RNA Sequencing Help!!!
David F. Spencer
dspencer at is.dal.ca
Wed Dec 24 11:05:46 EST 1997
In article <3496FC58.323A at zsu.edu.cn>, ls10 at zsu.edu.cn wrote:
> I want to sequence a 600bp mRNA. Is there any commercial kit for direct
> RNA sequencing? Should I have to retrotranscribe it into cDNA first? Any
> practical protocol and suggestion is warmly welcomed.
There are protocols for direct sequencing of RNA although few people today
seem to know that they even exist. Using reverse transciptase (RT) is
_not_ direct sequencing because the process ultimately involves DNA, the
product of RT.
In the late 70's several people in Walter Gilbert's lab did most of the
original work developing true "modern" RNA sequencing protocols, this of
course being just after the landmark Maxam and Gilbert paper on chemical
sequencing of DNA. Prior to that RNA sequencing was an extremely arduous
task involving T1 ribonuclease oligo fingerprinting (cataloguing) with RNA
that was labelled by in vivo P32 incorporation.
A paper by Donis-Keller, Maxam and Gilbert (Nucleic Acids Research
4:2527-2538, 1977) and an additional paper by Simoncsits et al. (Nature
269:833-836, 1977) described a method using limited ribonuclease digestion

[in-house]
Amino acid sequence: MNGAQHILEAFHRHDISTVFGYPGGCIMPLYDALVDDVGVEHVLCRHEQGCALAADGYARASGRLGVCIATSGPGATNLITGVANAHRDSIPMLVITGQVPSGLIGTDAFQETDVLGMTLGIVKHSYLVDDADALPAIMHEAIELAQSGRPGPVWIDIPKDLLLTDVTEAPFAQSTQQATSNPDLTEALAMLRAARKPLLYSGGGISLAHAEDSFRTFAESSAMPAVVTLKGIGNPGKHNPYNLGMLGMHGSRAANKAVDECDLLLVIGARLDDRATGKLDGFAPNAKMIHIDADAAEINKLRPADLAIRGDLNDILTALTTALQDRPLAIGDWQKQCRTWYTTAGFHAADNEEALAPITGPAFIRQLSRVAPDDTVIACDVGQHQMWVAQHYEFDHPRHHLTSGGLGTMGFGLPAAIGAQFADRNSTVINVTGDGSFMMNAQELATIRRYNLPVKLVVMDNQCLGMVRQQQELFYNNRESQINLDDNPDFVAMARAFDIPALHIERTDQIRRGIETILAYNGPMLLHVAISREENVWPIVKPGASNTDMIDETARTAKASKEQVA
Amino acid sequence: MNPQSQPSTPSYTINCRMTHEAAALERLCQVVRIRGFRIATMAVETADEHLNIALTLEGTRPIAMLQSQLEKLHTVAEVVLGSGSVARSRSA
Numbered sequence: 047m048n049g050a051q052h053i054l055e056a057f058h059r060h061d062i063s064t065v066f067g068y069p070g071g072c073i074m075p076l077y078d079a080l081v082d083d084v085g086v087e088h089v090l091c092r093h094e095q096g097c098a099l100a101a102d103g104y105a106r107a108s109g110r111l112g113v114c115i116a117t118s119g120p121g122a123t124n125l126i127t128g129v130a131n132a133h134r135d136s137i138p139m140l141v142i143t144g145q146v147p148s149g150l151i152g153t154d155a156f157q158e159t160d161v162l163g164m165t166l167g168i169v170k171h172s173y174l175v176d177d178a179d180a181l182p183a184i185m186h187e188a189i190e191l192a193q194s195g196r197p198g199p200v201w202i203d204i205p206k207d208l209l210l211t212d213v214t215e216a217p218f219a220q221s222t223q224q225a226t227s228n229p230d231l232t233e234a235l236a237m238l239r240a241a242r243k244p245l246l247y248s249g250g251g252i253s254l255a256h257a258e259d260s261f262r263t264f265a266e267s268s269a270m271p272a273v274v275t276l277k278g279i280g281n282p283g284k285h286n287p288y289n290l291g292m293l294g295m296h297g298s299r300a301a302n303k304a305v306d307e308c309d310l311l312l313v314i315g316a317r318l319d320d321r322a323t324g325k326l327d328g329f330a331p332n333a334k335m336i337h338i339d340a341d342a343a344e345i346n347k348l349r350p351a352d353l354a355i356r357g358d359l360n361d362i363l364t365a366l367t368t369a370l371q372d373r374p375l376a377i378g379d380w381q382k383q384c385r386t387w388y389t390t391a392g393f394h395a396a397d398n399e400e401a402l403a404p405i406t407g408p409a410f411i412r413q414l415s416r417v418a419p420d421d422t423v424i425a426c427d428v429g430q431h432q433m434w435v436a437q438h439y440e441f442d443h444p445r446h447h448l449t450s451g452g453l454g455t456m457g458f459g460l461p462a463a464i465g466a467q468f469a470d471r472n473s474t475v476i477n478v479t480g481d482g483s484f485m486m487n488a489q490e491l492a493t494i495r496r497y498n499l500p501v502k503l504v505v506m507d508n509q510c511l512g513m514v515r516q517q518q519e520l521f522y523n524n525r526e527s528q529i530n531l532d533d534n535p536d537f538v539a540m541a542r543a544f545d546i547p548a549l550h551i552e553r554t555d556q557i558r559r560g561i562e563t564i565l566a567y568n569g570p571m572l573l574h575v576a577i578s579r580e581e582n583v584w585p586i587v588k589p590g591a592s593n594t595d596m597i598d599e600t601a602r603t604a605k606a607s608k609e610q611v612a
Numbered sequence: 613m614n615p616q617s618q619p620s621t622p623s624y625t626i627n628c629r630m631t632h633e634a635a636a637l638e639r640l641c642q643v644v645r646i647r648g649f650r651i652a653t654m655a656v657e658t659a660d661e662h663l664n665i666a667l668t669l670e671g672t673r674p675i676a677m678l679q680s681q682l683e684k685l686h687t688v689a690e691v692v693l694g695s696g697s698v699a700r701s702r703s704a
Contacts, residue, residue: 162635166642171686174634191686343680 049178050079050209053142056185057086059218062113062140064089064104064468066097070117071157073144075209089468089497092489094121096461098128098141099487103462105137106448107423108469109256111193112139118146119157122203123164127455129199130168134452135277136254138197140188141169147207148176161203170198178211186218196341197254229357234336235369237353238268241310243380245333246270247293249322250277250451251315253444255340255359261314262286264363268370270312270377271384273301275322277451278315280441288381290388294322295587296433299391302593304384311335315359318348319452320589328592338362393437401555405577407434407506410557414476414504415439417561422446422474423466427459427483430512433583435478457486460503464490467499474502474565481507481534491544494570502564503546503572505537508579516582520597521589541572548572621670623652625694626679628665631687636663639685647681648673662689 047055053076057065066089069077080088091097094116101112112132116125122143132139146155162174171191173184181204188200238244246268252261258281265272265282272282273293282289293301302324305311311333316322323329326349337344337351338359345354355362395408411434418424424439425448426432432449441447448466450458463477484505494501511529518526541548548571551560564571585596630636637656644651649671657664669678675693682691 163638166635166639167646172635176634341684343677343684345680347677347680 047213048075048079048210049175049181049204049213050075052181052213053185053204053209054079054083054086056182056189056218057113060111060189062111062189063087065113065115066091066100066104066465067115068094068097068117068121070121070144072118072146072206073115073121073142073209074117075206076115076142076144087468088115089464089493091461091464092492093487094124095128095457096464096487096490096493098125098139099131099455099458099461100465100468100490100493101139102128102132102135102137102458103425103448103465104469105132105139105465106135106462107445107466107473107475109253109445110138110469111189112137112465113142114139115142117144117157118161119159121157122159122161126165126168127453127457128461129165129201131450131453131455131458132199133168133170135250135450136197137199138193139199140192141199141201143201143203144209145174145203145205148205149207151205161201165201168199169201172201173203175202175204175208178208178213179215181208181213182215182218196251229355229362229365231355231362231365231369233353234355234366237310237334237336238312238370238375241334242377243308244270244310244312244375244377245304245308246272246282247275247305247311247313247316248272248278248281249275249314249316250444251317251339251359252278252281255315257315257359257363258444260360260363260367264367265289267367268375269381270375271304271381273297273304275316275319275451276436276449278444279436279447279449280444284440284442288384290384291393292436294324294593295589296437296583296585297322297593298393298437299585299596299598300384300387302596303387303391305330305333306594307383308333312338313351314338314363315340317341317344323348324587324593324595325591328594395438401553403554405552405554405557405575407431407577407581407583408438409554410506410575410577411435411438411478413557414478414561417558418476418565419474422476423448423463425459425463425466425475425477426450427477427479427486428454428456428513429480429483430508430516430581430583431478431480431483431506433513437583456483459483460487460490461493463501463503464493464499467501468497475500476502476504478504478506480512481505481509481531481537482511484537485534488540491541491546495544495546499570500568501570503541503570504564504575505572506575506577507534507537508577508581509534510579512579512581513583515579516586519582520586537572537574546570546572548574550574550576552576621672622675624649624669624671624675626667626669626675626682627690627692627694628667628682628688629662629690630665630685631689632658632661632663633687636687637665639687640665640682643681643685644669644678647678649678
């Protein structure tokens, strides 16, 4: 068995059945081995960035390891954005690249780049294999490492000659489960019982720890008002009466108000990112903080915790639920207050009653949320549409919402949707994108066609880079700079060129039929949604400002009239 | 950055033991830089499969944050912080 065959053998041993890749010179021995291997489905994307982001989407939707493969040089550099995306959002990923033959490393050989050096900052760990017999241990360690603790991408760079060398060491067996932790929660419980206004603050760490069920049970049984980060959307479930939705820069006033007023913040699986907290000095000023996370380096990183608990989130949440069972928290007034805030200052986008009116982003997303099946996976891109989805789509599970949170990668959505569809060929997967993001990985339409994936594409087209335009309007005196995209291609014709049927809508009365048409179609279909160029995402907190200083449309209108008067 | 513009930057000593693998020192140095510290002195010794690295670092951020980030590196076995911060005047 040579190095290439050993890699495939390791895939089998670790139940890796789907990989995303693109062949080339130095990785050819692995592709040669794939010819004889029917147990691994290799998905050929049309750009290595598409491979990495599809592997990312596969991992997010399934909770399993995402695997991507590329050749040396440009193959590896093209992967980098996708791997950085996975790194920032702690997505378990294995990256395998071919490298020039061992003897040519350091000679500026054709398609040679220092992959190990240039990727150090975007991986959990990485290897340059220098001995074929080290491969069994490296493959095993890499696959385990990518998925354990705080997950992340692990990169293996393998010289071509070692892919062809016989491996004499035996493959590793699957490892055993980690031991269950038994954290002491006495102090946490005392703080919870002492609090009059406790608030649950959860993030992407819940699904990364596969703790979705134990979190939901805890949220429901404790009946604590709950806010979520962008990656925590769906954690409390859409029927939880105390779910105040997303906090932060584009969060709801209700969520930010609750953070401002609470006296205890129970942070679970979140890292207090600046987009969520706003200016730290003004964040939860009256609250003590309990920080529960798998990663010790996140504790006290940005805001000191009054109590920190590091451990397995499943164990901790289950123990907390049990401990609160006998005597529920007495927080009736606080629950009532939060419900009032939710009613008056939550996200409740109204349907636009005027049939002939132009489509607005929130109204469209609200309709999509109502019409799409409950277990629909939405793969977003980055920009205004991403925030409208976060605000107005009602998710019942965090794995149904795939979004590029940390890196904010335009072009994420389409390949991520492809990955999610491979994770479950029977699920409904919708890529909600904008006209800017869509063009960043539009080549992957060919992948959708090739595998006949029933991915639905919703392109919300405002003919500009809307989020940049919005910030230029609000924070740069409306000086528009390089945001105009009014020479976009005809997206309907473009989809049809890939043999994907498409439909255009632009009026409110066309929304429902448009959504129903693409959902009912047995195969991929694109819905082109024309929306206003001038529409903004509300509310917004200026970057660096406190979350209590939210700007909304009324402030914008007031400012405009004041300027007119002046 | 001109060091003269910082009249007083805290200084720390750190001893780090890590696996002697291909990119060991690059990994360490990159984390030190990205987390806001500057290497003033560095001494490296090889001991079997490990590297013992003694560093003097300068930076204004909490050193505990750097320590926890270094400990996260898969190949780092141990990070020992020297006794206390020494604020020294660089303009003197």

of 5-prime labelled RNA (although it also works for 3-prime labelled) to
determine RNA sequence. Later Peattie (PNAS 76:1760-1764, 1979) described
chemical degradative methods (similar to the DNA protocols) that could be
used on 3-prime labelled RNA.
These direct methods can only read about 200 bases from either end so to
get sequence for longer RNA's additional methods must be used, today
usually involving c-DNA, cloning, etc. An obvious advantage of real
sequencing of the 3-prime ends of RNA is that an exact primer can be
designed for subsequent RT, c-DNA use, although most people now would tail
the 3'-end and prime with an appropriate oligo. The most important
remaining use for enzymatic and chemical sequencing of RNAs is with
structural RNAs (rRNAs, tRNAs), for determining the real ends of the mature
RNA and for studying modified nucleotides within such RNAs.
Pharmacia (now Amersham-Pharmacia Biotech) has a kit for chemical
sequencing RNA and other companies have in the past offered enzymatic kits
but I would suspect that you won't want to use this type of protocol. Even
RT sequencing can't read much beyond 200 bases from the primer so you will
have to generate c-DNA and do cloning if you want the sequence for the
entire 600 bases. You could of course alternatively do primer walking while
still employing RT on the RNA but the quality of sequence data for RT is
never as good as from DNA clones (as a consequence of using reverse
transcriptase and because the template is RNA) so that doesn't seem the
most practical choice.
David F. Spencer, PhD
Dept. Of Biochemistry
Halifax, Nova Scotia
dspencer at is.dal.ca
dspencer at rsu.biochem.dal.ca
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